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Volunteers Emerge From Space Isolation Module


Members of the Mars500 crew smile for the press before being locked into an isolation facility in Moscow at the start of their mission last year.

Members of the Mars500 crew smile for the press before being locked into an isolation facility in Moscow at the start of their mission last year.

MOSCOW -- A grueling 520-day mock flight to Mars came to an end on November 4, as six male researchers emerged from the hatch of a sealed metal capsule where they have been confined for 17 months.

The $15 million experiment known as Mars500 was designed to test the ability of the human mind to sustain the punishing isolation of travel to the Red Planet, even though a manned space voyage to Mars still appears decades away.

Dressed in blue cosmonaut suits, the pallid crew members exchanged smiles as they briefly spoke to journalists beneath natural light before being taken away for further testing.

"It is really great to see you all again -- rather overwhelming," said Diego Urbina, an Italian-Colombian member of the team that also includes three Russians, a Chinese man, and a Frenchman. "On the Mars500 mission, we have achieved on Earth the longest space voyage ever, so that humankind can one day create a new dawn on the surface of a distant but reachable planet."

"After 520 days of a motionless trip, we are proud today to prove that humans can go to Mars," said French crew member Romain Charles.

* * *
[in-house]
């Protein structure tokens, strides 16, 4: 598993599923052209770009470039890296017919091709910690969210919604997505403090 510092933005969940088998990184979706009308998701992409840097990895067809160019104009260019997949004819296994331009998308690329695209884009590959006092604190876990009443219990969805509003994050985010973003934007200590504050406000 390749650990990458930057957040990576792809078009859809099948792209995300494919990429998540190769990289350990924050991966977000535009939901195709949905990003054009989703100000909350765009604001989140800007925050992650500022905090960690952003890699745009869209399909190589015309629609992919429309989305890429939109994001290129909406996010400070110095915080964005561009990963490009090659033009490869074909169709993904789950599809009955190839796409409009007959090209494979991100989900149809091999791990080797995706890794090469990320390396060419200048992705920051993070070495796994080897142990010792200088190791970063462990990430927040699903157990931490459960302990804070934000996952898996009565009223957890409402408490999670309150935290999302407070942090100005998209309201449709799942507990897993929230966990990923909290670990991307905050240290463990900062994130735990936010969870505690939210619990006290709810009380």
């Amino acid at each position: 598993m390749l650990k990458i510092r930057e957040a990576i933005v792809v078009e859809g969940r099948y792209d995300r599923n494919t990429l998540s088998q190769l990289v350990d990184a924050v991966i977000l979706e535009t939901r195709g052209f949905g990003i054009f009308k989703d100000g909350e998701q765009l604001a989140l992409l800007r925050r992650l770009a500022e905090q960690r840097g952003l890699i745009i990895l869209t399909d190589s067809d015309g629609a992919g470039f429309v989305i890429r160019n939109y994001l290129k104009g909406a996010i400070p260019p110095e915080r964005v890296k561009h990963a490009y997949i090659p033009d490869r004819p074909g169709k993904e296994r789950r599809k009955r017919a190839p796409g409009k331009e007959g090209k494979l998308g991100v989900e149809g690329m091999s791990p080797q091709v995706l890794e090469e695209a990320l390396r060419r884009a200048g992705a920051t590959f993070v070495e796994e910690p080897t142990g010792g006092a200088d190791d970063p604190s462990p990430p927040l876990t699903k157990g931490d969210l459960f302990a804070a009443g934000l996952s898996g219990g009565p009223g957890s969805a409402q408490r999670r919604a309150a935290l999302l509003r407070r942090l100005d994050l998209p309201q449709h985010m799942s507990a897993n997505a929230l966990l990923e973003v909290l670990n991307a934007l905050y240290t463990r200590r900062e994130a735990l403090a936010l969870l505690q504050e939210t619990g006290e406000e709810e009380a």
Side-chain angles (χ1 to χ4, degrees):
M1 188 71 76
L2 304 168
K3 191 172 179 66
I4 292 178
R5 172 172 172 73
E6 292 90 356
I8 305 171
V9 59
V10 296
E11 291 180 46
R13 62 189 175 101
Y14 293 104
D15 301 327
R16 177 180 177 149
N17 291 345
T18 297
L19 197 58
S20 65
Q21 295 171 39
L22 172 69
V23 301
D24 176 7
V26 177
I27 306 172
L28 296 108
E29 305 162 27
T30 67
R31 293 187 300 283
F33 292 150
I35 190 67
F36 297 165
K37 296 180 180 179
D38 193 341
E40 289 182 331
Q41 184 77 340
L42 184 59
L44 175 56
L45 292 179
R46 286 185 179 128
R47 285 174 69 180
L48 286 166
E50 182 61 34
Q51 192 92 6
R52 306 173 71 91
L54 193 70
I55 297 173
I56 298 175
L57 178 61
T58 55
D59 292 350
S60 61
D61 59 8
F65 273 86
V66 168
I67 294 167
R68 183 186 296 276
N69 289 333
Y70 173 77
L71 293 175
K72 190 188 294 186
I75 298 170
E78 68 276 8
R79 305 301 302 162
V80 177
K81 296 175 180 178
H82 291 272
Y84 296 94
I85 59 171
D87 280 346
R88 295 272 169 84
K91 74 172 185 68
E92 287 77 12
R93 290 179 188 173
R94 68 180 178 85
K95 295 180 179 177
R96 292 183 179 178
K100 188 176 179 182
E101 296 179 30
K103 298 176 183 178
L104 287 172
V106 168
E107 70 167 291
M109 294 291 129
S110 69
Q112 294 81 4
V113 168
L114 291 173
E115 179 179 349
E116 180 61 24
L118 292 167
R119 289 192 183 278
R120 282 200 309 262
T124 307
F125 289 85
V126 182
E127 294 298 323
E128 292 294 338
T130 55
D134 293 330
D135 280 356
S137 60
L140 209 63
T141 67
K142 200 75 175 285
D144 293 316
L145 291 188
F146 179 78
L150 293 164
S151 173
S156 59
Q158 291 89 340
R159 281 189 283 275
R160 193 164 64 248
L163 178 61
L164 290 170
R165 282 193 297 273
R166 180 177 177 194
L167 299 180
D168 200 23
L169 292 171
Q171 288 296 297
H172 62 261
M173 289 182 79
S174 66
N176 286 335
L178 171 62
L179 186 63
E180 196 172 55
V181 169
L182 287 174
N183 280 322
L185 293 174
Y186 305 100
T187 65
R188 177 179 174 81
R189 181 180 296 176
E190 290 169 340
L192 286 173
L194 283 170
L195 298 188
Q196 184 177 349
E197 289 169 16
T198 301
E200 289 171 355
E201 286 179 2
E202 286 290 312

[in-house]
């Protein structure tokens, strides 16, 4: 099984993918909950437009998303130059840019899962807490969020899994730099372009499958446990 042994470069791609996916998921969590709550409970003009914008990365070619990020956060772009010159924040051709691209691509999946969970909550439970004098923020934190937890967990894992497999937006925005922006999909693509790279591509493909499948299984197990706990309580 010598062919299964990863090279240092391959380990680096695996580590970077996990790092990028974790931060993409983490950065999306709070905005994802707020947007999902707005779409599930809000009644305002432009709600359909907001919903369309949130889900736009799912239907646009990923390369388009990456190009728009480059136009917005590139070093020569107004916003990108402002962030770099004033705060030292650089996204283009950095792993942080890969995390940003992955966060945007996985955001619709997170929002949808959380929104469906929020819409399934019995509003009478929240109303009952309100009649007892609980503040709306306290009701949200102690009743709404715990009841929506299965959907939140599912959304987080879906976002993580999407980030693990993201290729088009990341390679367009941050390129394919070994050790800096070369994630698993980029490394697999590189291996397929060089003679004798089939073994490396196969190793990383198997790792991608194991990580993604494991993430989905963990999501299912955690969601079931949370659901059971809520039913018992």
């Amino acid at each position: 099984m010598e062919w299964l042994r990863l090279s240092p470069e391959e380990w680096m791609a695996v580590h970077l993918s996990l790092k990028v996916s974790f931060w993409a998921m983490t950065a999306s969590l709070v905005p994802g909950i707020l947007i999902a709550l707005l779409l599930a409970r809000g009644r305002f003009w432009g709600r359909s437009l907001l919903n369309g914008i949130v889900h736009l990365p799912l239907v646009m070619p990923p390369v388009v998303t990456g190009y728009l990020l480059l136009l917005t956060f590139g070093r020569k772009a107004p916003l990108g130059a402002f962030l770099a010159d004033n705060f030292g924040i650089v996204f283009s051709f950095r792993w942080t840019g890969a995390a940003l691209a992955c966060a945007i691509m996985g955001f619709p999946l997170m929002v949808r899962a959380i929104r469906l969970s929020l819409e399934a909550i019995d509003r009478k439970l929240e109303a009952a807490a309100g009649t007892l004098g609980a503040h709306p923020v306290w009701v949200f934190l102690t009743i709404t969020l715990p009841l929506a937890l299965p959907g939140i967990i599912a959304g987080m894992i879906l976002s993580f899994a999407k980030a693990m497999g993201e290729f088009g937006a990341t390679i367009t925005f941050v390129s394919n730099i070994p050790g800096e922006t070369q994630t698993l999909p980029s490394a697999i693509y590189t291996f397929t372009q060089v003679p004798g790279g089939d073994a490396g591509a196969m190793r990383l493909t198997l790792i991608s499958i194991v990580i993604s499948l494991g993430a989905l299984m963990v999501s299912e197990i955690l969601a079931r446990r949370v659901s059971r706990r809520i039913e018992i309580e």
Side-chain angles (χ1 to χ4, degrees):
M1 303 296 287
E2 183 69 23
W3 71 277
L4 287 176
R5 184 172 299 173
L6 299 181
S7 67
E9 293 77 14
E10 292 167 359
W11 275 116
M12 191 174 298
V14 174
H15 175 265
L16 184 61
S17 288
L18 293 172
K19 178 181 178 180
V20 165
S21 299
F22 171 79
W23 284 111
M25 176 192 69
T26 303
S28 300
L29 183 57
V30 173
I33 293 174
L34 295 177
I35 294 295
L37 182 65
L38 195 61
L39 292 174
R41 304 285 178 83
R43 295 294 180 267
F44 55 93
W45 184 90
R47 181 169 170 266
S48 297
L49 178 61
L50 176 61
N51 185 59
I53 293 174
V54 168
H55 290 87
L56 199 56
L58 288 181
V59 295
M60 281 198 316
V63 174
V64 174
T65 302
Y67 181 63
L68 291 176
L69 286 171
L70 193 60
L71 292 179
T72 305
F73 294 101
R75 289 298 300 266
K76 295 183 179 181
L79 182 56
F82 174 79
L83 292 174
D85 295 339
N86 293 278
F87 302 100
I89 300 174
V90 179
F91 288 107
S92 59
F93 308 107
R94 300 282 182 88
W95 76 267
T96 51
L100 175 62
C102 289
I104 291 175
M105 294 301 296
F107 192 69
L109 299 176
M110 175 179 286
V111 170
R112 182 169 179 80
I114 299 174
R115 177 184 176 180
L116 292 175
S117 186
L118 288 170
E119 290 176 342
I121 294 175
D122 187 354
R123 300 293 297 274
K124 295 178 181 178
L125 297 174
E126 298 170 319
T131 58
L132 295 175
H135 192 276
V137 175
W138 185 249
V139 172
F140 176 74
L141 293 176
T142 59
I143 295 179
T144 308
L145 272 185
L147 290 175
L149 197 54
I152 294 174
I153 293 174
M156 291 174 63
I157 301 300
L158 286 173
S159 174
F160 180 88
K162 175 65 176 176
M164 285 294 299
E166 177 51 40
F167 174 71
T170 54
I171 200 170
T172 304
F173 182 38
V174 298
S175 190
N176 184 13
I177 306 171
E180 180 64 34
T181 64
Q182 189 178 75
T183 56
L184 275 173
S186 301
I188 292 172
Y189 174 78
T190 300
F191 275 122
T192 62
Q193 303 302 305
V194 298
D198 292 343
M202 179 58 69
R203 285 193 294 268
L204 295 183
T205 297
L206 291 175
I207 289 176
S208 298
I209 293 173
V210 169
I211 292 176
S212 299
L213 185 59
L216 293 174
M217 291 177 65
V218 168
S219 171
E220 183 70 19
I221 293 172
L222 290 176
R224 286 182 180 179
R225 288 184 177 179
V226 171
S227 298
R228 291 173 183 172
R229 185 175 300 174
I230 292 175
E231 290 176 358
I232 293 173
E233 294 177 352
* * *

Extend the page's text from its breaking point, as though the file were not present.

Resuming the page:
Scientists are now avidly awaiting the results of further testing.

'Mission Accomplished'

Throughout the experiment, located in a Russian laboratory, the crew members regularly tested their own blood and urine to gauge the stress of traveling at least 54 million kilometers away from Earth -- and back.

The team was under constant video surveillance everywhere, except the toilet.

The seven-man crew conducted dozens of experiments in the course of their mission.

The seven-man crew conducted dozens of experiments in the course of their mission.

Communication with the outside world was conducted with a 20- minute delay, while their simulated journey included power cuts and mock emergencies.

Aleksei Sityov, the commander of team that began their human isolation on June 3, 2010, claimed that the mission's task had been accomplished.

"The program has been fulfilled entirely, all are safe and sound," he said.

Emotional And Informational Starvation

Leader Sityov was reported to have got married only weeks before embarking on his 17-month isolation and scientists warn against underestimating the emotional and informational starvation that the crew was subjected to.

Crew members earned a reported $110,000.

The crew was afforded some luxuries. Their 550-cubic-meter steel capsule was fitted with a wood-paneled, microwave-equipped kitchen.

A video blog made by two of the researchers features one of them strumming a guitar in between the many experiments they carried out.

Reuters reported that a previous 420-day experiment ended badly in 2000 after a male crew member attempted to forcibly kiss a female team member.

This may explain Mars500’s male-only team.

The Russian Space Agency has now floated the possibility of repeating the experiment on board the International Space Station in two years to establish if the crew would have handled the stress of long exposure to actual space.

Crew member Charles saw the experiment as a resounding success:

"We have all acquired a lot of valuable experience here, and we hope that we can help in designing and planning the next, future missions to Mars," he said. "And we are ready to get into the next space ship going there."

compiled from agency reports

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